Journalism experts at Texas Tech say the economic downturn and the changing media
landscape could produce a more evolved, smarter and adaptable media.
Metro USA, a media company with daily newspapers in New York, Boston and Philadelphia,
announced its intentions March 30 to cancel its contract with the Associated Press
effective April 1.
While many may view such actions as more evidence of the extinction of major daily
newspapers and the old world order of media, two Texas Tech University journalism
professors see it as the dawning of a media rebirth – one that will mimic the phoenix.
Rising From the Ashes
The economic downturn and the changing media landscape will surely have its list of
casualties, said Randy Reddick, chairman of the Department of Journalism in the College
of Mass Communications. However, smart and adaptable media will survive the mass extinction
to come out as a different product that evolved from today’s circumstances.
“We are seeing traditional news media, particularly large daily newspapers, having
to redefine themselves,” Reddick said. “And they are going to become, according to
the new buzzword, ‘hyper-local.’ The community newspapers are doing fine. But the
metros and large suburban papers are laying people off because they’re bloated and
in today’s market often irrelevant.
“What may happen out of this, is that these redefined smaller news organizations are
going to create some kind of cooperative among themselves, which ironically is exactly
what the Associated Press was originally and still is today. But it’s grown big and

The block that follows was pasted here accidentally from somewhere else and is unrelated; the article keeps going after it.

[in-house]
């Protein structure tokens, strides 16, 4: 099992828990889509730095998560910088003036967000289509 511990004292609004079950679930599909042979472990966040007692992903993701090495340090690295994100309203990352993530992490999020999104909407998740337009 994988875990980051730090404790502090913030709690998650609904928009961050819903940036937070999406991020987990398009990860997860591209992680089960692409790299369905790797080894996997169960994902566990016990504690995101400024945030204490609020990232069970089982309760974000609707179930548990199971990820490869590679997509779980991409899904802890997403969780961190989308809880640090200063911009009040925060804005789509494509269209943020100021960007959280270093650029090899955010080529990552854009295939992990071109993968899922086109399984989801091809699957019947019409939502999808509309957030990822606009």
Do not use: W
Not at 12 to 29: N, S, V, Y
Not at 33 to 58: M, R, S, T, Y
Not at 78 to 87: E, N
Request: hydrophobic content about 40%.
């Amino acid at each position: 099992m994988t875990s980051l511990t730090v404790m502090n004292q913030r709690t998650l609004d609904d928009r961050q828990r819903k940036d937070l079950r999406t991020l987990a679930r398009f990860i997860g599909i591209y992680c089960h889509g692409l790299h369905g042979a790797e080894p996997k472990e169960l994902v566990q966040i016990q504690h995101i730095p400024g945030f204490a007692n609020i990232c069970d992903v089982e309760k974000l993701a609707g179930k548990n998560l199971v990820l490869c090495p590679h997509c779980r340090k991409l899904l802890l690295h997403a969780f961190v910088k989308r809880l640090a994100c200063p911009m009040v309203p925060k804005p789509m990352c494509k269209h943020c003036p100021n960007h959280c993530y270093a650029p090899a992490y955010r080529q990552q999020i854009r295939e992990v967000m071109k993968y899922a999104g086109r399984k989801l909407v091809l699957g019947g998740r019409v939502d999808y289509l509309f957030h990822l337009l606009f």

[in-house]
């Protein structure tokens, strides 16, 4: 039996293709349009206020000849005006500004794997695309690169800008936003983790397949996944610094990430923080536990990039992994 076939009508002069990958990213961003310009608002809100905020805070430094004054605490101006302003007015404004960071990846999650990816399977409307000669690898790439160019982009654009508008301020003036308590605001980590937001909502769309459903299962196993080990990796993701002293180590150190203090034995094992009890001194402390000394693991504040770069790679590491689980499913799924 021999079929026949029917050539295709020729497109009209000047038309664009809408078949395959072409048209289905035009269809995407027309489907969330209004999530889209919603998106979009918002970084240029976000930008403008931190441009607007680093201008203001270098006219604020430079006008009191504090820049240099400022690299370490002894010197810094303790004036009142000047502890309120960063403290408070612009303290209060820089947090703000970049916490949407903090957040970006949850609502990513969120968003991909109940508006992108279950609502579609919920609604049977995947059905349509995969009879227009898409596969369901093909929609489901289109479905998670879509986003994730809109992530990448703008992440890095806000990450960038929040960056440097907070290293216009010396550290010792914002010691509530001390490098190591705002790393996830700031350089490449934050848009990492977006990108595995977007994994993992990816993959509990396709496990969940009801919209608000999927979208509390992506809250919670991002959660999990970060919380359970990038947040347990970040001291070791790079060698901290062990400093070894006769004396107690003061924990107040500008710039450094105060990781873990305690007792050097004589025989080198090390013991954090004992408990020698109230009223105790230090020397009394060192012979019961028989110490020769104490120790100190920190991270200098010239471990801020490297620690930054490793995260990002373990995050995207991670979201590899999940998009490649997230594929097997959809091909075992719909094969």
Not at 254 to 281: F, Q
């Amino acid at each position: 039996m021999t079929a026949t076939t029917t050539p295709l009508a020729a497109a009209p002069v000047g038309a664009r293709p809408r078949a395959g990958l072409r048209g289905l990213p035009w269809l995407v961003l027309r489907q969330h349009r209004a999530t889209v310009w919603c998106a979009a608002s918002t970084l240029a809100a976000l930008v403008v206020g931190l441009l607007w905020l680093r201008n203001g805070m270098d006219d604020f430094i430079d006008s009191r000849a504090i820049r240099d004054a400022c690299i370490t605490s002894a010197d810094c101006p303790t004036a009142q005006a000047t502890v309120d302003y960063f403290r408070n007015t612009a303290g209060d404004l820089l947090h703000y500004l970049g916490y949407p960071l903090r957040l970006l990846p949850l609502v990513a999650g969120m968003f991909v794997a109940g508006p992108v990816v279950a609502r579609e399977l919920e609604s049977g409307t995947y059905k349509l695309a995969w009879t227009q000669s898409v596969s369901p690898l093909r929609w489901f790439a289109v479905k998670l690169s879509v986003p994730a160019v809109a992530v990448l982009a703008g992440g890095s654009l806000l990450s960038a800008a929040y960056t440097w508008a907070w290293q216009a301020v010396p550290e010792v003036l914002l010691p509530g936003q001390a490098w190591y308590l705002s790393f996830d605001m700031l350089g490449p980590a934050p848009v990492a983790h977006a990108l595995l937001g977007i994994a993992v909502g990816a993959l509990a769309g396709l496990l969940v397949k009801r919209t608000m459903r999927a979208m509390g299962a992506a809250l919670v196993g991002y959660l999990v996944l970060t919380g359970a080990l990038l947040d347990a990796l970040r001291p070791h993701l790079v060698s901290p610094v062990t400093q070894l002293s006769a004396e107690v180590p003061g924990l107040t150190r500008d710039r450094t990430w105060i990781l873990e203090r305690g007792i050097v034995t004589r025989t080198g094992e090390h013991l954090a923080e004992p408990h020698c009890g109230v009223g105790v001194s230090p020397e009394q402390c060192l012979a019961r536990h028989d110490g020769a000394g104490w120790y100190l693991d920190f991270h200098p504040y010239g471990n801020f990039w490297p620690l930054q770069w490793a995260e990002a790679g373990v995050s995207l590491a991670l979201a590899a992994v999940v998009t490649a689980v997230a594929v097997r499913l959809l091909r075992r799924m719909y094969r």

cumbersome and overgrown and maybe somewhat irrelevant again for today’s hyper-local
Tom Johnson, the Formby Regent’s Professor of Convergent Media, said that doesn’t
mean that people won’t get or seek out international and national news. And it doesn’t
mean that large metro newspapers won’t supply customers with that information. However,
the difference will come by linking their readers to other places to find that news
rather than producing it themselves.
“One of the problems of the big metro papers, such as The New York Times, is they’ve
tried to be all things to all people,” he said. “Honestly, more and more people are
less concerned about international and national news and more about ‘what is going
on in my community.’ I think that you may see more newspapers realize they’re not
doing what they should be doing best, which is local, and link to the rest. That’s
where newspapers can thrive. They are the authoritative source of news. But they’ve
got to see themselves as a distributor as well as a creator.”
Adapt or Die
Perhaps the paper you hold in your hand will become a thing of the past, too, he said.
While many still like the tactile feeling of a newspaper, media businesses are realizing
that print is expensive. Some papers have closed their pressrooms and switched to
online only. Some may publish online during the week, but keep the weekend print editions.
Johnson said that a recent study showed the New York Times could give all its subscribers
the $350 wireless electronic reading device, called a Kindle, and still cut its costs
“Printing is incredibly expensive,” he said. “Printing and transporting cost a lot,
and you will see people getting away from print. Environment is another big reason.
Even though there are people who like to turn pages of a newspaper, they also don’t
like idea of killing trees.”
One thing is certain, said Reddick. The large daily will have two choices: Adapt or
“The large metros as you and I know them are probably dead,” he said. “Or will be
within the decade. I think people are still going to want to read them. They’re probably
going to be smaller, focus mainly on local things and tie back to their Web site.
They’ll also have to take these cavernous buildings and repurpose them, or they will
be monstrous albatrosses around their necks. They’ll have to repurpose these multi-million-dollar
printing presses, too. They’ll have to bite a lot of bullets and literally downsize
and repurpose, or they won’t’ survive. Someone will fill that vacuum, though, if they